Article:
The Breastfeeding Chronicles: Thanks for the Mammaries. -
It’s been over two weeks since I stopped breastfeeding T.
And I’m okay.
I didn’t know how I would feel about the day when T would stop feeding. It was just something we did. It was so embedded into our routine that I actually didn’t think it would end. So I didn’t think about it.
Now the time has come though; I still don’t know what to think!
On one hand it’s all that we knew. Our moment of just “us”. I looked forward to that hour of just me and him (the calm bit) before nap time. I also loved being the one to comfort him when he was sick or in pain. That part of me is sad. That part is in mourning.
But, on the other hand, a huge part of me started to feel that I was no longer needed, especially when we would often have a day or two where T wouldn’t ask for milkies.
It was time.
I knew we were coming to the end when T started to not take as much during pre-nap time feeds, as well as not ask for it during the day.
He would prioritise his water over boob and would be happy falling asleep in our arms without “help”. Teething aids replaced my boobs when teething pain kicked in, and snufflebabe helped with colds.
So I went with it.
I stopped offering boob before naps and simply put T down in his cot for nap time. After 20 or so minutes of quiet back rubbing he went to sleep. There was no fighting. No tears. No signals for boob. He was okay.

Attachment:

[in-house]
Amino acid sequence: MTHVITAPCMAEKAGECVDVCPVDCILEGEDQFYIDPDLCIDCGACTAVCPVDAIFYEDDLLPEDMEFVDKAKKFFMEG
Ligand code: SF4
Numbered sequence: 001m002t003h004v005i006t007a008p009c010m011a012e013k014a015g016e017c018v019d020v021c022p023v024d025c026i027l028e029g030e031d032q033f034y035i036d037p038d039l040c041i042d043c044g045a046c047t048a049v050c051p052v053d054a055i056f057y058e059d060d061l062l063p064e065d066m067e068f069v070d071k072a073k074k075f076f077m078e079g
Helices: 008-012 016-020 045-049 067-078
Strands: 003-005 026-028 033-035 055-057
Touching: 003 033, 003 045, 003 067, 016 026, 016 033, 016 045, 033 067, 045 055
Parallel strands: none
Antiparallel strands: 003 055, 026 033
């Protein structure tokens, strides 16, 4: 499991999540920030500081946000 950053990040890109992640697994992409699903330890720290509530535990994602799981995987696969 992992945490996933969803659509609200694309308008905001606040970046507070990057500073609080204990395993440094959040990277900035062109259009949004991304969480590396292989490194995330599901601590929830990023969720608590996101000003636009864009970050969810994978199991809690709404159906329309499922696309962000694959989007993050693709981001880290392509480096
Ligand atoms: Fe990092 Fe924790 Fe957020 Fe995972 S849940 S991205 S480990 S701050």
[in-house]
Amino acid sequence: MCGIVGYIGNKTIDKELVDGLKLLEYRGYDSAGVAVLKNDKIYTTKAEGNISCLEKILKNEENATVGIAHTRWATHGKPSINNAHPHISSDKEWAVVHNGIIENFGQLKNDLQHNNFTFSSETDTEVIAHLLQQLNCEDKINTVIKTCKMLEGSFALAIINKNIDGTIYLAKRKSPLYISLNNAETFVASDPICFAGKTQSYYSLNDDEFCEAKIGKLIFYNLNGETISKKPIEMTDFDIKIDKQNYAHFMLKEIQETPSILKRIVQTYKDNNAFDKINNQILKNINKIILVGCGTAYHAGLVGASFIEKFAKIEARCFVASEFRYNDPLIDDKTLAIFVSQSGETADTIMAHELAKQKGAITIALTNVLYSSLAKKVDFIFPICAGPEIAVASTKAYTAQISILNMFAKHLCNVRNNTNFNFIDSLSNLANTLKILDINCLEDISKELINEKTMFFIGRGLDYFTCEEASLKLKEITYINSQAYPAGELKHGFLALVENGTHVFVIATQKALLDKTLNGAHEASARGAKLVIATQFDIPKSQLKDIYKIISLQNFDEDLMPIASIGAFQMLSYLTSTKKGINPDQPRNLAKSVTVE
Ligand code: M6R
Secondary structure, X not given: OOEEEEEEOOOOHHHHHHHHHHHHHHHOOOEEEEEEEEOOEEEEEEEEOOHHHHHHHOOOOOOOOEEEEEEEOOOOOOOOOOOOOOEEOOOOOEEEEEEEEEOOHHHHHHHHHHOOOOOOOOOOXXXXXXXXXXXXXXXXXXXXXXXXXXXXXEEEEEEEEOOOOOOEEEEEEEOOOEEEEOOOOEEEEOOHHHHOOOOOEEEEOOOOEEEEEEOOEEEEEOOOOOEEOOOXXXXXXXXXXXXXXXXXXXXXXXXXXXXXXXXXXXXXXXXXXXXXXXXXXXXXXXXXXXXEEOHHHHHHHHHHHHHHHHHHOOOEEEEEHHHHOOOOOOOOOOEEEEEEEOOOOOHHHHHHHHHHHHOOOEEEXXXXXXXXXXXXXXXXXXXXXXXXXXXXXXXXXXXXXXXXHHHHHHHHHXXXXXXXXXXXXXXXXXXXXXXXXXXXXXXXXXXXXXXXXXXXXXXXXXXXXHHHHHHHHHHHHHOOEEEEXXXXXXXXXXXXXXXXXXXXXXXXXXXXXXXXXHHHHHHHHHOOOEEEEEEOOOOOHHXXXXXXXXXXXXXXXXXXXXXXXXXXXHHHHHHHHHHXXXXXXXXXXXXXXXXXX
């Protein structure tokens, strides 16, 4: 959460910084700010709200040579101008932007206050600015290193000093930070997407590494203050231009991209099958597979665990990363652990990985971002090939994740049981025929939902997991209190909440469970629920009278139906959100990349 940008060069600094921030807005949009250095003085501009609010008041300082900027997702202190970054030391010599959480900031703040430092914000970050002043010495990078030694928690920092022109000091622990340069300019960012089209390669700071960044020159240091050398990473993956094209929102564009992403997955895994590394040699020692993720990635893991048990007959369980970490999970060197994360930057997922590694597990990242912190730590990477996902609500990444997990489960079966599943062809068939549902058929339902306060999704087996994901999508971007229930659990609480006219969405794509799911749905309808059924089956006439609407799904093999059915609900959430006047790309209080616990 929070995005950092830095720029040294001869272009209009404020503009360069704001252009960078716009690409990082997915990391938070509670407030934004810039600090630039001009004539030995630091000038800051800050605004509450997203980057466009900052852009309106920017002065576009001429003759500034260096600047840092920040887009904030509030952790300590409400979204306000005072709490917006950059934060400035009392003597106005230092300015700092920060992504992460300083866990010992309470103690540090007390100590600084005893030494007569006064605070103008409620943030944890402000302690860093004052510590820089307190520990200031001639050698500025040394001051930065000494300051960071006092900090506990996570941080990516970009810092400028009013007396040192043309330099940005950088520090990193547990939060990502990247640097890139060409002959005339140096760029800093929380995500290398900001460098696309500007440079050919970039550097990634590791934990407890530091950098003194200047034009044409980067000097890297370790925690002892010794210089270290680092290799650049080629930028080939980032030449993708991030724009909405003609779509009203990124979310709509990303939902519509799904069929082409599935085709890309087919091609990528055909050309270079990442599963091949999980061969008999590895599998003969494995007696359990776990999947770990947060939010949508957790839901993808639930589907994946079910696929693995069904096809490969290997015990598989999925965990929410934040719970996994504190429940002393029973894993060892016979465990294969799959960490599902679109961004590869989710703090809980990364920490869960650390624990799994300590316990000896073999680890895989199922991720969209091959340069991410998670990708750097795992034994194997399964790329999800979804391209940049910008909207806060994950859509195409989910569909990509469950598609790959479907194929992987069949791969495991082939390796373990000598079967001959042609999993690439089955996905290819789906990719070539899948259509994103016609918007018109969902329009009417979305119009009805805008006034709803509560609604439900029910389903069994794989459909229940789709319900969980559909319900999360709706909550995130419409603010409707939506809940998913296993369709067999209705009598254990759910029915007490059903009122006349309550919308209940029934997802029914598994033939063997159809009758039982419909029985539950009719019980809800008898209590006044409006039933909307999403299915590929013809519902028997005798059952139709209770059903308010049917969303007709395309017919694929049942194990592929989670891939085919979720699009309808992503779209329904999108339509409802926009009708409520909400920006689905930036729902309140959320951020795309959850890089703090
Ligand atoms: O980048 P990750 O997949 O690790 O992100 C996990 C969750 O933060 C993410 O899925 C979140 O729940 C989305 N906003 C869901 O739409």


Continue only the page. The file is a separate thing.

I was shocked. There was no long goodbye. No farewell. No thanks for the memories mammories. That was it.
But then the relief kicked in. Like I’d completed a marathon. Like I was finished. I’d done my job. I’d made it!
I’d never given myself a target, I simply gave myself a milestone of six months and then told myself to get to the next six months. I never thought I’d reach a year (what with teething)… let alone 20 months.
So as I write, T is asleep in my arms after giving him a cuddle whilst wrapped in a blanket. I’ll take him upstairs, put him in his cot and give him a kiss goodnight. It doesn’t feel like I’ve forgotten anything. I don’t wonder whether he’s going to go to bed hungry, or wake up hungry. Even my boobs aren’t wondering what the hell is going on – which is the tell tale sign that something was definitely changing.
Part of me wishes I’d reached a solid 24 months. A neat two years. But that would have meant I would have potentially pushed something I knew was already over.